A Plethora of Pollinators

Download the 2 articles and discussion questions for free.


Our April 2020 issue features two companion articles on the technological advances in smart ag pollination. The first “Bees versus Robots”, written by Dave Goulson, details the costs and potential drawbacks of meddling with nature. The follow-up article “Precision Pollination” by Kim Flottum discusses how farmers embrace new technology when it saves them time and money. This is followed up with a one page “Room for Debate” where we encourage readers to discuss the different viewpoints.

We’ve made both articles and the follow up discussion questions available as a free download, as we want 2 Million Blossoms to serve as a platform for difficult discussions facing pollinators. Often the answers are not black and white, so we strive to encourage readers to consider the different points of view and the potential ramifications. Let us know what you think and send us a Letter to the Editor.


This year sees the release of two new America the Beautiful quarters that feature pollinators. The first is the fruit bat of American Samoa. The second features the Regal Frittary butterfly flitting above prairie grasses and commemorates the landscape of the nearly 11,000 acres of the Tallgrass Prairie National Preserve.

National Parks preserve our nation’s ecological treasures. Spending a few days roaming through a national park transports you back in time, when civilization didn’t encroach on everything. Surrounded by nature, your senses soften, attune to nature’s quite song. The crackling snap of twigs as a squirrel scurries through the underbrush looking for buried treasure. Bird song greets the morning’s light, promising a day of adventure trekking through lush prairie grass or up a steep ravine of a cloud forest…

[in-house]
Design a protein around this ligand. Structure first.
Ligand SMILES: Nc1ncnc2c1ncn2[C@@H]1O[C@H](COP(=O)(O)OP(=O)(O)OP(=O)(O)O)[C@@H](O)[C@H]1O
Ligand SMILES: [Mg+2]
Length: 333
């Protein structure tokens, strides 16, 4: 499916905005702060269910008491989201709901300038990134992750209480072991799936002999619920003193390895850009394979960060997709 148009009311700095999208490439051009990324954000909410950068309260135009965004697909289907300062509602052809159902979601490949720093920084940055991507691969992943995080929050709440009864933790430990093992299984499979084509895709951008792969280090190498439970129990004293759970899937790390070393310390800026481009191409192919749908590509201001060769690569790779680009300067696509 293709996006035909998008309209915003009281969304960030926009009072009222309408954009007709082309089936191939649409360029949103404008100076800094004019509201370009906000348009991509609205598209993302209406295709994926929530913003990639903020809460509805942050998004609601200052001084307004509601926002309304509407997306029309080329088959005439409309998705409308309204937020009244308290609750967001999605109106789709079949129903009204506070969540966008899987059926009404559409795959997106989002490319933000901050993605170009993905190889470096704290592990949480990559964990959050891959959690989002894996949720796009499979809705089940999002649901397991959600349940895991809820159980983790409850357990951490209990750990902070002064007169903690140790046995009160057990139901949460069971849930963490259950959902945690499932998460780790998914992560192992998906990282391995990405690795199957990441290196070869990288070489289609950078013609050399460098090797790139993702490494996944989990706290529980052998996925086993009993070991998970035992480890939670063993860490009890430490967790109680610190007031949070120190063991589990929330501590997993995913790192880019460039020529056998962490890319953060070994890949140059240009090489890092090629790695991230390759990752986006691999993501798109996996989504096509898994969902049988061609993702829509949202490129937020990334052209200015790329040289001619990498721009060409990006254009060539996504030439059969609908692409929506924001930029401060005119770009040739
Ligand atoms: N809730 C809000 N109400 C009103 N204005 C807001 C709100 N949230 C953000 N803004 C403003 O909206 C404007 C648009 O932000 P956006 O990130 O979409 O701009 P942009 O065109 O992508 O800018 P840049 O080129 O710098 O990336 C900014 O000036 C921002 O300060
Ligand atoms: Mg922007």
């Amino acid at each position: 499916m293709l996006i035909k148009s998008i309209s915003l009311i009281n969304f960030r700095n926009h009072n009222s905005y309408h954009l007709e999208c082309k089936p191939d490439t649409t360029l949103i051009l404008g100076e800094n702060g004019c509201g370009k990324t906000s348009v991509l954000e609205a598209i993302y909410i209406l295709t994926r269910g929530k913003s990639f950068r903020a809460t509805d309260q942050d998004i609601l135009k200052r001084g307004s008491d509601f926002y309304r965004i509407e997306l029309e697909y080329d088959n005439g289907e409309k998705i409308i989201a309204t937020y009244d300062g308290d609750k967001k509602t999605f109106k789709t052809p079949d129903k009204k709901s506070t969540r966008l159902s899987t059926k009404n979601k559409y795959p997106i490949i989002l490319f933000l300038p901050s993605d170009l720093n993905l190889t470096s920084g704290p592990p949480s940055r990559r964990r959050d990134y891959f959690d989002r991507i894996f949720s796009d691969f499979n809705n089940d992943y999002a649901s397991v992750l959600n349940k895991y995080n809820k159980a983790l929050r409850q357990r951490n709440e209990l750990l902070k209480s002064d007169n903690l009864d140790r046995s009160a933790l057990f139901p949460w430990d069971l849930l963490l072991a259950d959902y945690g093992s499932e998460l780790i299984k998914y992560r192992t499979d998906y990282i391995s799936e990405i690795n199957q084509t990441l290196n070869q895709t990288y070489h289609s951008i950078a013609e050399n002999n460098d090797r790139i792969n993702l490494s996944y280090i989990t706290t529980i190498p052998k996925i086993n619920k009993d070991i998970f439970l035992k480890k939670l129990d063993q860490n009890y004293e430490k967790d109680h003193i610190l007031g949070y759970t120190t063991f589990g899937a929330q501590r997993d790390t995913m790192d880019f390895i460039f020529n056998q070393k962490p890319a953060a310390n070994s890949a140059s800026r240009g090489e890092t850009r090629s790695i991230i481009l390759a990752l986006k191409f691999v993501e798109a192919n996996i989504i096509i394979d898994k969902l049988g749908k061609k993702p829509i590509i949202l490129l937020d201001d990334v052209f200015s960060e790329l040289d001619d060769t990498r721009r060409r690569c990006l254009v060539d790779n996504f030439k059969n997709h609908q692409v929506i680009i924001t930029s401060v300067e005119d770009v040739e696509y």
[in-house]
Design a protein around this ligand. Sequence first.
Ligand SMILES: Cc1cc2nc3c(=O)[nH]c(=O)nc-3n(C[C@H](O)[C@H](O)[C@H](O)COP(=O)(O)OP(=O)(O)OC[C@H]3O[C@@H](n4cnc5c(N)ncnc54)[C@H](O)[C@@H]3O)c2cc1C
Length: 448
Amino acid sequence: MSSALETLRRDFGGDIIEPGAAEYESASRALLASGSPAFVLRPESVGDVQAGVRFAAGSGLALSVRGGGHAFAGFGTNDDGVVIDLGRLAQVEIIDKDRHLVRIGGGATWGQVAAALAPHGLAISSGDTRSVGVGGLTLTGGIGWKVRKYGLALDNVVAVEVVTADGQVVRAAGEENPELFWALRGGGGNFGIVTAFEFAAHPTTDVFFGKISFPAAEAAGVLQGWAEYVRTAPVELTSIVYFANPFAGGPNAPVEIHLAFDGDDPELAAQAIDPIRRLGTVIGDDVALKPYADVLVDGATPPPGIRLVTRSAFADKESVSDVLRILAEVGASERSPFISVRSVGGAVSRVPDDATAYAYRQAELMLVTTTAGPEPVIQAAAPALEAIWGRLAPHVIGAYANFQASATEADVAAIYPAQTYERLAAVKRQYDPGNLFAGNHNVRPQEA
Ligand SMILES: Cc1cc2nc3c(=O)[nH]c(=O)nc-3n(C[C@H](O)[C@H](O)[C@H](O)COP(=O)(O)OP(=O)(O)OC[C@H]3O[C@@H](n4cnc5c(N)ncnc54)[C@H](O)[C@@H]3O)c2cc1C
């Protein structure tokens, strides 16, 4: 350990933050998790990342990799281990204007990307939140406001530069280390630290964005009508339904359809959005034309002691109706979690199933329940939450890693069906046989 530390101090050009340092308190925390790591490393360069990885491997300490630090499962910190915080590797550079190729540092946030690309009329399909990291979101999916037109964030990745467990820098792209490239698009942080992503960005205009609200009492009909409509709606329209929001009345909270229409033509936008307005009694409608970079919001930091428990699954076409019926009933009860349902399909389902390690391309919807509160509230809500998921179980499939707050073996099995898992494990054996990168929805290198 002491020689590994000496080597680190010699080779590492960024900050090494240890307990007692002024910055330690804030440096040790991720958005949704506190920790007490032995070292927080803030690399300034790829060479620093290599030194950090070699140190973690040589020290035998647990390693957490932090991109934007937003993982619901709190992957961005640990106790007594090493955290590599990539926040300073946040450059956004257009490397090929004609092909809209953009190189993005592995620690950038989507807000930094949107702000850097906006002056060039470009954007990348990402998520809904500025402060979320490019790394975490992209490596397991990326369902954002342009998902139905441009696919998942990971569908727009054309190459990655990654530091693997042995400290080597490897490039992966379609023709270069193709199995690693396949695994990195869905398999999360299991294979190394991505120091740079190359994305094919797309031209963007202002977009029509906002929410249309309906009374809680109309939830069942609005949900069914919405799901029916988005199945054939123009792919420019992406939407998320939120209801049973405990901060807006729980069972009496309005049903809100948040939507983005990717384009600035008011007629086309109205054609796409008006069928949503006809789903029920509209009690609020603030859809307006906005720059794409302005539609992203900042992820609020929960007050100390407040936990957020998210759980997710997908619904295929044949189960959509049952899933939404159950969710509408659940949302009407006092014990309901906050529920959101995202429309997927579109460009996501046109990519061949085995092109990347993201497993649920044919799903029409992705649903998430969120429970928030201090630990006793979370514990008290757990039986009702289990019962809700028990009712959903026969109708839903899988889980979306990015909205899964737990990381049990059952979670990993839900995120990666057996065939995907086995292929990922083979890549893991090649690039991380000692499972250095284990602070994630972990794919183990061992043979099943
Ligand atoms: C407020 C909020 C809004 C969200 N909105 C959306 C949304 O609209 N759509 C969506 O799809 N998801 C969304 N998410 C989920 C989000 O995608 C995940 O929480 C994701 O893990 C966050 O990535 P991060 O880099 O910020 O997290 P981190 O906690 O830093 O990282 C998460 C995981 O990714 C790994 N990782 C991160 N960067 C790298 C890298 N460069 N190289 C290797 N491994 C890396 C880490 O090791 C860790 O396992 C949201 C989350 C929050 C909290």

Filing cabinets do little to spark the imagination. The drab, metal rectangles are reminiscent of office cubicles, taxes, and the necessary evil of storing essential documents. But in the secret spaces behind the National Museum of Natural History’s exhibit halls, if you lean in close to the smooth, cold doors, close your eyes, and breathe deeply, you detect a light scent, drier than fall leaves, crisper than old books, with just a kiss of vanilla—the aged plants of the National Herbarium.

Herbaria are collections of pressed plant specimens that are carefully preserved and organized in metal cabinets. The plants are flat, faded, and brittle, clinging to chalky tabloid paper. Some specimens wait decades in these darkened cabinets, marinating in their aromas, before they see the fluorescent light of day…